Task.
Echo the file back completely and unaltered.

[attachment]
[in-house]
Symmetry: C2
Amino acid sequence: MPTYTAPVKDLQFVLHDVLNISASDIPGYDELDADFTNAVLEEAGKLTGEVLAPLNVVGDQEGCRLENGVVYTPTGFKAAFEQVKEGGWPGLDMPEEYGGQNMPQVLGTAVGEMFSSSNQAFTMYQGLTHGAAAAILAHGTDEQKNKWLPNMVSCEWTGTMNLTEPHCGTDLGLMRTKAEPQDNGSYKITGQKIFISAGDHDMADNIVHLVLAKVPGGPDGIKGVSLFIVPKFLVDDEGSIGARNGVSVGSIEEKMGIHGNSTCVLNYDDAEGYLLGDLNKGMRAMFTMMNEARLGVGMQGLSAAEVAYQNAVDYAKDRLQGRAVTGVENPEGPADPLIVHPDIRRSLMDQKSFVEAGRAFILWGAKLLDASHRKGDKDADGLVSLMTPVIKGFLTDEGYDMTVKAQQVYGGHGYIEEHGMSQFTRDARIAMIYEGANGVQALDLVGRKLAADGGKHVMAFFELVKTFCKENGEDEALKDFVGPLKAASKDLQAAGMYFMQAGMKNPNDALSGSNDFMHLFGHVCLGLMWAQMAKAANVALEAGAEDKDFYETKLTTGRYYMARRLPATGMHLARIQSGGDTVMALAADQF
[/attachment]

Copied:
[in-house]
Symmetry: C2
Amino acid sequence: MPTYTAPVKDLQFVLHDVLNISASDIPGYDELDADFTNAVLEEAGKLTGEVLAPLNVVGDQEGCRLENGVVYTPTGFKAAFEQVKEGGWPGLDMPEEYGGQNMPQVLGTAVGEMFSSSNQAFTMYQGLTHGAAAAILAHGTDEQKNKWLPNMVSCEWTGTMNLTEPHCGTDLGLMRTKAEPQDNGSYKITGQKIFISAGDHDMADNIVHLVLAKVPGGPDGIKGVSLFIVPKFLVDDEGSIGARNGVSVGSIEEKMGIHGNSTCVLNYDDAEGYLLGDLNKGMRAMFTMMNEARLGVGMQGLSAAEVAYQNAVDYAKDRLQGRAVTGVENPEGPADPLIVHPDIRRSLMDQKSFVEAGRAFILWGAKLLDASHRKGDKDADGLVSLMTPVIKGFLTDEGYDMTVKAQQVYGGHGYIEEHGMSQFTRDARIAMIYEGANGVQALDLVGRKLAADGGKHVMAFFELVKTFCKENGEDEALKDFVGPLKAASKDLQAAGMYFMQAGMKNPNDALSGSNDFMHLFGHVCLGLMWAQMAKAANVALEAGAEDKDFYETKLTTGRYYMARRLPATGMHLARIQSGGDTVMALAADQF